120 million viewers and growing
Mississippi Believe It! changing perceptions one mind at a time
By Riley Manning
Photography by Michael Barrett
If the second half of 2011 proves as valuable to the Mississippi Believe It! campaign as its beginning, the ripple set in changing negative Mississippi stereotypes could reach a wave felt worldwide.
Seven years after launching the campaign – with hundreds of thousands of dollars in donated work and $40,000 in donated paper - the campaign's creators, Rick and Liza Looser, continue undaunted with the massive advertising project that began with a child's inquiry.
On an plane to Atlanta in 2004, a 12-year-old Connecticut boy asked Rick where he was from. When Rick said he lived in Mississippi, the child asked him if he “still saw the KKK on the streets every day,” and if he “hated all black people.”
“I was more amused than upset,” said Rick, COO of the Flowood-based Cirlot Agency that created the campaign. “If it had been an adult, his dad maybe, I probably would have brushed it off, but this is just a kid who’s going to grow up and carry this perception of Mississippi into the future. No one is going to feel good about Mississippi until we do. We are our own ambassadors.”
With this encounter as his motivation, Rick went back to the Cirlot Agency and began working on what would become the Mississippi, Believe It! campaign. He told the story to his staff, and they agreed that they should speak up. The next step was deciding what the campaign would look like.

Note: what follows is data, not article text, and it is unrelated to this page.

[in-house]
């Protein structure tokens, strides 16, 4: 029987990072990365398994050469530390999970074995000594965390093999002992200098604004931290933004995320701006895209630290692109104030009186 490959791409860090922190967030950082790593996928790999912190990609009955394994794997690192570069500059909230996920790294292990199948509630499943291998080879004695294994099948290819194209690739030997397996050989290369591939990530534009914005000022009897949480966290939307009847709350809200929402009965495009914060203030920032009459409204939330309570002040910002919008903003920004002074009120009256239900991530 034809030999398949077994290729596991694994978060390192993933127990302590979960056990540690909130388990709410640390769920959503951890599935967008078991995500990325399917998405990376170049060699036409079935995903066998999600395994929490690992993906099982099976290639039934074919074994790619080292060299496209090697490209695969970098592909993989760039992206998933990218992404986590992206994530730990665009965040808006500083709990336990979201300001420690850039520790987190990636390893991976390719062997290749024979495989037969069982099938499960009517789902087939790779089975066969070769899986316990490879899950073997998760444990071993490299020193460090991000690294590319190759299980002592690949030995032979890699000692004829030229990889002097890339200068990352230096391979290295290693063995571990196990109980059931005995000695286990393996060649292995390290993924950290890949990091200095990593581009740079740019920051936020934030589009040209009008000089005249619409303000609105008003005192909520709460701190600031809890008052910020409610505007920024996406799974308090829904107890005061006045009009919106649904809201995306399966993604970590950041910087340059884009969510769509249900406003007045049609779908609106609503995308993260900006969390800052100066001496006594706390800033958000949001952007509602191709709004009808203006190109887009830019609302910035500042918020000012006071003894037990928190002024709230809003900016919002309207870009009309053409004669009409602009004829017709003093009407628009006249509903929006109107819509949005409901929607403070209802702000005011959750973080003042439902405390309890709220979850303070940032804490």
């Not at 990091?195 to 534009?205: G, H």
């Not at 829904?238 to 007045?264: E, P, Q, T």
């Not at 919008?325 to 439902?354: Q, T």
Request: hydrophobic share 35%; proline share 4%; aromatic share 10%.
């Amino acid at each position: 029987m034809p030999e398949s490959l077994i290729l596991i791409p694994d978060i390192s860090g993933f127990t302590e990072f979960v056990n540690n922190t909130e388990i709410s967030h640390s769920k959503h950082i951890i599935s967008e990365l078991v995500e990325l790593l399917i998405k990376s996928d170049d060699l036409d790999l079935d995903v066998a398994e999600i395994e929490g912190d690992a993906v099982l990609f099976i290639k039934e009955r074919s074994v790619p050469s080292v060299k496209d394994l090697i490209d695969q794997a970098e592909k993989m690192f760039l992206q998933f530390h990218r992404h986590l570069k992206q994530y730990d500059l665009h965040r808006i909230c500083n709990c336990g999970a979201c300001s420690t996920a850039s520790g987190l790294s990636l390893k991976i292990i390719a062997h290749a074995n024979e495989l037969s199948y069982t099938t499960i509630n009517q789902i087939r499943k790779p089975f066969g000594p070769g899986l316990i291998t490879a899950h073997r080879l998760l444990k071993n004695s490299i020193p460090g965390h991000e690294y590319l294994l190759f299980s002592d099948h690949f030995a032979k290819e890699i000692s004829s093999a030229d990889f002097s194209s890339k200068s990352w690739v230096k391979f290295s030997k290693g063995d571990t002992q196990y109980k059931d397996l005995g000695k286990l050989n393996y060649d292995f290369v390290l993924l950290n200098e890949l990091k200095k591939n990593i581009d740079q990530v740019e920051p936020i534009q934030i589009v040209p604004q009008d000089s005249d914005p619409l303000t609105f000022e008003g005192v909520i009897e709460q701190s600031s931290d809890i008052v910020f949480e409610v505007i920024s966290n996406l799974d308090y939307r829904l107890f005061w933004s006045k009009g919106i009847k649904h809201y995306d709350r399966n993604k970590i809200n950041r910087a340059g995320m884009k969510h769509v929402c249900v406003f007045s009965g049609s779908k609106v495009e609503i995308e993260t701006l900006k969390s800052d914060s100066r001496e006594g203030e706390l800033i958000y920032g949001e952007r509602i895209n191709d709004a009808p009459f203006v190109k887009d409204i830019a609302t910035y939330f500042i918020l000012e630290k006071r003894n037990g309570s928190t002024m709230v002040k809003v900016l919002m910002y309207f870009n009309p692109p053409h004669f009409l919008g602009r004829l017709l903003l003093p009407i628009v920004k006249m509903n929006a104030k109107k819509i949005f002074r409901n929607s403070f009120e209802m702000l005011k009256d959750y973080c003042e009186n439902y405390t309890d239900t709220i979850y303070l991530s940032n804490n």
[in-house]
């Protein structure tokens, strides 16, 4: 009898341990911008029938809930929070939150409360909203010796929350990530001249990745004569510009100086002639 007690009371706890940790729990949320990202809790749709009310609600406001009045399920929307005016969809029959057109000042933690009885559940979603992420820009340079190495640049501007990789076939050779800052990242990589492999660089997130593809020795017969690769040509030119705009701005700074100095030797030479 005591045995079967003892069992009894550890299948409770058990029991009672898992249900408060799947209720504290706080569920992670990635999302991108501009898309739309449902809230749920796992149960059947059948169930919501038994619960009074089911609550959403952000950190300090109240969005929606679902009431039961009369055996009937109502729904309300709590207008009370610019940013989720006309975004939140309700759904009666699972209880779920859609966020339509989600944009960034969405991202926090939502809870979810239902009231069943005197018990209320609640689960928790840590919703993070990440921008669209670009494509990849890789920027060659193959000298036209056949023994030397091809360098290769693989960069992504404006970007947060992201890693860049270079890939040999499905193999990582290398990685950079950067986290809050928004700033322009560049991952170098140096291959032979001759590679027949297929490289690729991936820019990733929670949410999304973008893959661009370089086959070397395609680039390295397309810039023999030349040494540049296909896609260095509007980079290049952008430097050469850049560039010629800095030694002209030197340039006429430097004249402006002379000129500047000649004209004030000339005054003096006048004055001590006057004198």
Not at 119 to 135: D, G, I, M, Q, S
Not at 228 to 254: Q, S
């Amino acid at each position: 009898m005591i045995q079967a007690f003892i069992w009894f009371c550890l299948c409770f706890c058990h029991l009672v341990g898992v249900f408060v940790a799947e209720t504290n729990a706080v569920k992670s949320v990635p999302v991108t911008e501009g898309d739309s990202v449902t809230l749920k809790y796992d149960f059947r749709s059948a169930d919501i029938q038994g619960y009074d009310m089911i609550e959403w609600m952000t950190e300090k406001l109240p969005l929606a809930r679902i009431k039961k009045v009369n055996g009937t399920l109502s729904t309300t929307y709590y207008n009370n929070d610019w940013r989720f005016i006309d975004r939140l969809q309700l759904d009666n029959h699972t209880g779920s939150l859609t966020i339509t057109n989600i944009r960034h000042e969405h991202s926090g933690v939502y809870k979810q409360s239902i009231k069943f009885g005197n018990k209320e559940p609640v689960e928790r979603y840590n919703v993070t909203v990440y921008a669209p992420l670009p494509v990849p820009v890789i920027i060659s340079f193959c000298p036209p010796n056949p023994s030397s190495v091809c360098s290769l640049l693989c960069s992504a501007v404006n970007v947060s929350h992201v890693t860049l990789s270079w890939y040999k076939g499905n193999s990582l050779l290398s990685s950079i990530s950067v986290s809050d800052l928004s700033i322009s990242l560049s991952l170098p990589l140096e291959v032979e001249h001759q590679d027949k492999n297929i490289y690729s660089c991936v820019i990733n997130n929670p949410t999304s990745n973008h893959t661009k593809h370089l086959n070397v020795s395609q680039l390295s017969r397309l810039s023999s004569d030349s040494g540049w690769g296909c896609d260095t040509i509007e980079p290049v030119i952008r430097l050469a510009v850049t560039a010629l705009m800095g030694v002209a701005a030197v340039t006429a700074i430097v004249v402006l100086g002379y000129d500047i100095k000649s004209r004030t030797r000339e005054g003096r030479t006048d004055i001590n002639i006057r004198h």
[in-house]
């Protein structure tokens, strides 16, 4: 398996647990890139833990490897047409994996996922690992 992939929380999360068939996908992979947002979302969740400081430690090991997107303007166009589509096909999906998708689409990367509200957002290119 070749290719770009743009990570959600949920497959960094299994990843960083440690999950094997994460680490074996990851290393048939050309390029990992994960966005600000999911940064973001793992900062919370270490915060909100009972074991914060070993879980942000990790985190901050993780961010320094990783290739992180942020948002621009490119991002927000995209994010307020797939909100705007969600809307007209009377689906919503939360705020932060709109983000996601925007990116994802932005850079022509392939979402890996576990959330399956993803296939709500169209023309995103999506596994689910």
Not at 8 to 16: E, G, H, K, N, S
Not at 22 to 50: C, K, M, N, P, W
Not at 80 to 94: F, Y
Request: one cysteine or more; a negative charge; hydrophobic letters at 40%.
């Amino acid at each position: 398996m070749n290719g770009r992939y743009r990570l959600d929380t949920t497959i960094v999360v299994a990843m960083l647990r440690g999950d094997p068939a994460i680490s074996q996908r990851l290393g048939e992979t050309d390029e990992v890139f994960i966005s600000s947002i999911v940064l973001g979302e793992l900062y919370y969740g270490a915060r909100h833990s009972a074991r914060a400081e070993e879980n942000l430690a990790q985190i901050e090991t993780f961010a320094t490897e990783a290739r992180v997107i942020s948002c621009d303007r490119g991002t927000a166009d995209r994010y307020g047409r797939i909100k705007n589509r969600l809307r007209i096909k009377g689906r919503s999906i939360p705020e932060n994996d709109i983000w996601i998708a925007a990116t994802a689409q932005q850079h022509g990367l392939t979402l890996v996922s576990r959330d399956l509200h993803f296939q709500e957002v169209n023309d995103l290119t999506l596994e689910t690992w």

“We wanted to get rid of the elephant in the room,” Rick said, so they brainstormed Mississippi stereotypes. A few came to mind immediately, but as the afternoon proceeded, they came up with more and more. The campaign presents a stereotype, then debunks it. One declares, “Yes we can read, a few of us even write!” accompanied by photos of William Faulkner, Tennessee Williams, Eudora Welty and others.
One reads, “Yes we wear shoes, a few of us even wear cleats!” with snapshots of Peyton and Eli Manning, Jarious Norwood, Brett Favre, Walter Payton and more.
One testifies “Monster Trucks? No. Hog Callin’? No. Tractor Pulls? No. World-Class Entertainers? YES!” with portraits of Oprah Winfrey, Morgan Freeman, Elvis Presley, James Earl Jones, B.B. King and the list goes on and on.
The strategy was to evoke Southern hospitality while making a point; the intent was never to argue, but to politely make someone stop and reconsider, even if for just a moment. Every region of the country has its stereotypes; some are fun, some are funny, and some are positive, but perhaps nowhere else are stereotypes as pointed out, accusing, or widely accepted.
“They’re downright hurtful, and they put us in a box,” Rick said. “We’ve moved on.”
Liza, CEO of the Cirlot Agency, who was raised on the Gulf Coast, agrees, “All Mississippians, but especially coastal citizens, are scrappy. We are survivors.”
Mississippi, Believe It! was implemented in schools first, to show students they can be proud of where they are from, and consequently, proud of themselves. Through the campaign, they see people who lived in the same place, saw the same things, grew from the same things, and those people inspire them to become whatever they want. These figures of talent and ambition serve as local role models and imply that success is not so unattainable.